Allee Willis’ Kitsch O’ The Day – Allee Willis Marches on Detroit! Part 3, The House

I know… I promised that Part 3 was going to be about finally getting into the house I grew up in on Sorrento Ave. in Detroit after trying for the last 46 years. But, as someone who’s conscious of her evolution and creative process every waking moment, this finally-going-home experience was BIG for me. Also, it’s not like I can go posting detailed photos of someone else’s stuff, which is inevitable if one is photographing a room. So this isn’t so much about documenting the actual house as it is about what I felt like being back in it.

I remember when I finally went to Disneyland for my 50th birthday, after I had only been there once when I was 14, I was shocked that everything was so small. The same thing, of course, happened when I walked into the house I lived in from 5 to 16 years old last week. It was like walking into a dollhouse. Like here’s me with the banister that in my head was a giant slide, down which I rode every morning en route to breakfast:

The house now is, of course, filled with other people’s stuff and taste, but it still had the same soulful vibe I was aware of even back then. Here’s the living room corner in 1961:

And here it is in 2011:

Thank God I finally got out of those heels and into more comfortable shoes.

My shoes were also very comfortable in this photo taken in my driveway around 1957. I remember testing my penny loafers on my pink and gray Columbia bike against other shoes I had for the firmest peddle grip.

Albeit slightly worse for wear, the driveway remains intact today.

This is the Magnolia tree that was the subject of one of my earliest songs, “I Fell Out Of The Magnolias”.

No one ever released it but it was one of those songs that impressed all of my singer and songwriter friends back in 1974 when I cowrote it with David Lasley (who I would later write “Lead Me On” with) and one of those songs that when I bump into any of them they still sing a little of. Forget about “September” or the Friends theme, “Magnolias” is the classic. Here I am back in the ‘Magnolia” days:

When I first  set eyes on the house I live in now in LA back in 1980, my realtor had heard about it at a dinner party the night before we went house hunting. I didn’t want to live in the Valley but after looking at and hating a bunch of square boxes in Hollywood I decided to drive over the hill and see the house described in the brochure as a miniature Hollywood Palladium. This was a day before it officially went on sale. There was a party going on in the backyard but the back gate was open so I just ran in and raced up the stairs into the house, with the owner chasing behind me. My realtor caught me just as I entered the living room but I remember turning my head and not only seeing a curved wall in the living room that reminded me of a curved wall in the living room on Sorrento but I was dying at the bathroom, just off the living room, because it was filled with gorgeously aged vintage maroon tile. Here’s the bathroom floor as it was that day:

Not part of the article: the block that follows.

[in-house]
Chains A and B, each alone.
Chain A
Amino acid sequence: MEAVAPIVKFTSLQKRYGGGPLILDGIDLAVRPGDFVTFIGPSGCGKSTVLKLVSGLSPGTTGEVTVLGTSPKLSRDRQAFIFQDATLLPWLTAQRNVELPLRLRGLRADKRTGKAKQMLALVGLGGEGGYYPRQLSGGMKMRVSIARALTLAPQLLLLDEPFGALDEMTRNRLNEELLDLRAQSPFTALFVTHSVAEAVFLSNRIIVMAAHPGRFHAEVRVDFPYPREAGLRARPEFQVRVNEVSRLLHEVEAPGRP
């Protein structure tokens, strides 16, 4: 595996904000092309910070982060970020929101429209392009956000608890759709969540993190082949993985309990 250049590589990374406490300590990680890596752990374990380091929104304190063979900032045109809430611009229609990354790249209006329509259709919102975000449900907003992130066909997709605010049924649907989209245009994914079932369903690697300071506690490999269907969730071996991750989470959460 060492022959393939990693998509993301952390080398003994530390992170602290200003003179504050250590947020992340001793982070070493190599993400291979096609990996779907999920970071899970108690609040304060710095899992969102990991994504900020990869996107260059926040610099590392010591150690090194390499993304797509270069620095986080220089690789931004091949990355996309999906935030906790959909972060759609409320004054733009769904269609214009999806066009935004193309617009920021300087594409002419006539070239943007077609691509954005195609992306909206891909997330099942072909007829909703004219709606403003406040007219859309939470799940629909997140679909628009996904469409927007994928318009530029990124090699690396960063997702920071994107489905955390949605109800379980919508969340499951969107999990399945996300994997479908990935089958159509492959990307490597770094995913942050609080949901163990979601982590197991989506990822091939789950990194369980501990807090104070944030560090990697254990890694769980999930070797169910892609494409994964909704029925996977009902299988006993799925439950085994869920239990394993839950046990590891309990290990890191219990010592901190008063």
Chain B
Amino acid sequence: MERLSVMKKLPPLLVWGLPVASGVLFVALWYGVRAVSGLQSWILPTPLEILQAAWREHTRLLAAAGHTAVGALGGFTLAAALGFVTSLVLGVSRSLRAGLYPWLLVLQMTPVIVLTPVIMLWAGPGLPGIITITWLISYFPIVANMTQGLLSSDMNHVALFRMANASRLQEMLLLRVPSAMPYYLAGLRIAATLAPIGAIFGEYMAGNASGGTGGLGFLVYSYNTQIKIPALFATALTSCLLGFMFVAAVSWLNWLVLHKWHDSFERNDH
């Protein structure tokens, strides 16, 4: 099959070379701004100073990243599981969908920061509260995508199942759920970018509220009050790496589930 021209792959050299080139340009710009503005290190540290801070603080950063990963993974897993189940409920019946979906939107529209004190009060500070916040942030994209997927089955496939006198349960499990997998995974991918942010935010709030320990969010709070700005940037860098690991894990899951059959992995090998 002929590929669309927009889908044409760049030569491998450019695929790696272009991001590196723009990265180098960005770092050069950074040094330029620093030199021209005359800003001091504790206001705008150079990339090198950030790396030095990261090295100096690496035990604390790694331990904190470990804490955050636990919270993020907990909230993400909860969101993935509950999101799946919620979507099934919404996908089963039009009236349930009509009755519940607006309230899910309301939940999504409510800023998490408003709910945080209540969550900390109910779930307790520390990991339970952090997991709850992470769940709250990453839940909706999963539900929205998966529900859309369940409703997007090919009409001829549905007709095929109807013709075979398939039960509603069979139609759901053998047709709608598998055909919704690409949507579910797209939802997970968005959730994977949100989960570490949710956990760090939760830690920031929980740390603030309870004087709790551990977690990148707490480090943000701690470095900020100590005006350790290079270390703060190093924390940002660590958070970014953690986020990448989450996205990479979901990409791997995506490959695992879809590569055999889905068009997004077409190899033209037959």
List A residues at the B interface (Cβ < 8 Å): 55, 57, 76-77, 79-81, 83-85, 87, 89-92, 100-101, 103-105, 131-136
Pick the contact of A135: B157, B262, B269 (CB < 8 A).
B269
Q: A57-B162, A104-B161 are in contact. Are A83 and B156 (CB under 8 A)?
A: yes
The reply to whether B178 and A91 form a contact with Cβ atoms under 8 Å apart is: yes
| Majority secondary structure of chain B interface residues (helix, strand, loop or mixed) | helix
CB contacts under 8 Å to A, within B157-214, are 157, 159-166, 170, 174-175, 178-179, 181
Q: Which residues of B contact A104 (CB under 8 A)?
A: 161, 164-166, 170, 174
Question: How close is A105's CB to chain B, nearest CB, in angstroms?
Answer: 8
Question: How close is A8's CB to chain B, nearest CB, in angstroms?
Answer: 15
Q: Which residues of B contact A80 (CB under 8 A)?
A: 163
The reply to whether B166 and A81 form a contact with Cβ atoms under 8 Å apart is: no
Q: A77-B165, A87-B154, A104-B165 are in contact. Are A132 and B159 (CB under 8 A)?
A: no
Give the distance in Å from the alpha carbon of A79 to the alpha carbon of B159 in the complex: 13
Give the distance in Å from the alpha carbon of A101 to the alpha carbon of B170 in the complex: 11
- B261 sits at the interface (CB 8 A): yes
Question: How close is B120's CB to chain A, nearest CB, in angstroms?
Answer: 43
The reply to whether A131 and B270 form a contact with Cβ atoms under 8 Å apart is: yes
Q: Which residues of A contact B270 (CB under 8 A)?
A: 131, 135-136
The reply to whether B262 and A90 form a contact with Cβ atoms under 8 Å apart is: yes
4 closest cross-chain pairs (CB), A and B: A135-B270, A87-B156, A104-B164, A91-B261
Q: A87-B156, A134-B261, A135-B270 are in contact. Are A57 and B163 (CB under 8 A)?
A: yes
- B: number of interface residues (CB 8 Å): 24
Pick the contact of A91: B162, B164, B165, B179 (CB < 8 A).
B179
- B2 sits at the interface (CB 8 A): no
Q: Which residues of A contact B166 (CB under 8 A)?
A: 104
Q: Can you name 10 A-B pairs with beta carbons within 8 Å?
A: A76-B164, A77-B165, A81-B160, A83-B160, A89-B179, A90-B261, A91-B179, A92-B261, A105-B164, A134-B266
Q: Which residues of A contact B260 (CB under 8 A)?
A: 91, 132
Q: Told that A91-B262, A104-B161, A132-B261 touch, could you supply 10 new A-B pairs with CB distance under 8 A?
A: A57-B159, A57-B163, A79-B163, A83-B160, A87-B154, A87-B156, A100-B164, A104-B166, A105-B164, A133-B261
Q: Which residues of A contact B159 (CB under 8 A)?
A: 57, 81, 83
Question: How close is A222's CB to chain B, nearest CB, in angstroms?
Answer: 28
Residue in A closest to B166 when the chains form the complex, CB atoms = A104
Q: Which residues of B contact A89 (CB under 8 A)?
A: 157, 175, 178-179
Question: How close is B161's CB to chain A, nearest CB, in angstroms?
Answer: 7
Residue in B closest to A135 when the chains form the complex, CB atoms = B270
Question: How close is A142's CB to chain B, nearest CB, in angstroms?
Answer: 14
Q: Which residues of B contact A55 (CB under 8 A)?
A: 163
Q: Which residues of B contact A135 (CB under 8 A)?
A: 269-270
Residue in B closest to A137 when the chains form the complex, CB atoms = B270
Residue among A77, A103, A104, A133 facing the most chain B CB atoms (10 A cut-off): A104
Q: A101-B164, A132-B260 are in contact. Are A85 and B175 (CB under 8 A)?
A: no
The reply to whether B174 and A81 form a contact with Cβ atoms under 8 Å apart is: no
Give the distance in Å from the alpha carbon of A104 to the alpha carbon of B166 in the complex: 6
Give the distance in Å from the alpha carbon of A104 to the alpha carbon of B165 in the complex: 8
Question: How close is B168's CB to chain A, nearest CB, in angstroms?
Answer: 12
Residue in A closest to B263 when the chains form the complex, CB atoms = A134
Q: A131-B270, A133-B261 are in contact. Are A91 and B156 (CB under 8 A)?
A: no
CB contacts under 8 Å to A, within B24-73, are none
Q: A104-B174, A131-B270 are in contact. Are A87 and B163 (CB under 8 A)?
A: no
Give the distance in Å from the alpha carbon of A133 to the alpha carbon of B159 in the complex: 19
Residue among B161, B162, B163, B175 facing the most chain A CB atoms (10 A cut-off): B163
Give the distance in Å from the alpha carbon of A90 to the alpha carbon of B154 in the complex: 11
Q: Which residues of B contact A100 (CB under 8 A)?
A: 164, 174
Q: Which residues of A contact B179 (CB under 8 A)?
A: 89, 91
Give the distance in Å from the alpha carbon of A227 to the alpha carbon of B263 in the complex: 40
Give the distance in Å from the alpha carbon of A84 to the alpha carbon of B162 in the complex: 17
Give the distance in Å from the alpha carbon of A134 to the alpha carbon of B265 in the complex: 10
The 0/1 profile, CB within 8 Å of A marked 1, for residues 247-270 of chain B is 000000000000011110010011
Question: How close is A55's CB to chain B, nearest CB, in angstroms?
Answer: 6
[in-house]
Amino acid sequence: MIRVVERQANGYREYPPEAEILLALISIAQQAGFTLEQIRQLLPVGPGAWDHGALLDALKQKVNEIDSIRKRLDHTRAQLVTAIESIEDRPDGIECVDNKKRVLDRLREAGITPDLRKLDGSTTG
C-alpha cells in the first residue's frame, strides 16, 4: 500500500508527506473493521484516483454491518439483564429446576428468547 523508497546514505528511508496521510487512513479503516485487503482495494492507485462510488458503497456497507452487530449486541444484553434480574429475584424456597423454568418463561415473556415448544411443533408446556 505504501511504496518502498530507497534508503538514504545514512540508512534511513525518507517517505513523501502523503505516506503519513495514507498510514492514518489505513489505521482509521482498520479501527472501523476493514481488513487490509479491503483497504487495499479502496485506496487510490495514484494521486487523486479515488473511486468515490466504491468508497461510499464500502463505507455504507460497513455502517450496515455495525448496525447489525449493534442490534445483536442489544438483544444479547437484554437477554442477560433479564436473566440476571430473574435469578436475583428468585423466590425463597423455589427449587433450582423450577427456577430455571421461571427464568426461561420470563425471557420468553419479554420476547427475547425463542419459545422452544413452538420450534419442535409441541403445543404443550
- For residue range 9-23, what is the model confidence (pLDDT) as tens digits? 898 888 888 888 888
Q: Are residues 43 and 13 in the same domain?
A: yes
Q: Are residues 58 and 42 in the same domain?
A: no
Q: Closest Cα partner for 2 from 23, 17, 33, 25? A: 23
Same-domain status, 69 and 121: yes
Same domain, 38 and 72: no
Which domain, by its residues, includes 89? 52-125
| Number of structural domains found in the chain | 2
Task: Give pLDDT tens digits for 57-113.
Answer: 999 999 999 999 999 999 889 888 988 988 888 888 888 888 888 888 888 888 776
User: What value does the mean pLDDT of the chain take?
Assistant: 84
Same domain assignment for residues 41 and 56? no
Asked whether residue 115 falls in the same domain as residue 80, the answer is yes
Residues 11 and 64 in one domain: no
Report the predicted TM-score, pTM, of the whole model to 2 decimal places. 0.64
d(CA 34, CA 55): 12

I didn’t know what it was about the tile but looking at it made me dead certain this was MY home. So I almost died when I walked into the bathroom on Sorrento to see the exact same tile there. I had totally blocked it out of my memory but there it was with that deep almost orange hue that only hugs tile that old.

Another unbelievable thing is the people who live in the Sorrento house. First of all, it’s the same folks who bought the house from my father in 1965. Second, their last name is Broadnax, a name I’ve  only heard once before because it’s the name of one of the characters in my musical, The Color Purple, and one of the only characters’ names mentioned in song. As soon as I walked in, the Broadnax’s, both Reverends, told me that my mother, who passed away very suddenly when I was 16, was still in the house. They hear her walking down the steps, and growing up their kids often told them there was a white lady in the house. In my youth, I may not have believed this but when  my co-writers and I first started working on the musical, Alice Walker, author of the Pulitzer prize-winning book, told us that it was all she could do to keep her hand moving fast enough to scribble down the thoughts in her head she was certain her ancestors were dictating to her. The book was written in one quick draft. Alice told us her ancestors would be contacting us. I swear to God, there were times when I would just move my mouth and words or a melody would tumble out, as if someone else was dictating them. It happened to me, Brenda (Russell) and Stephen (Bray) throughout the four years we were writing the show. So I definitely believe that my mom could still be hanging around Sorrento. I hope she was home when I came over.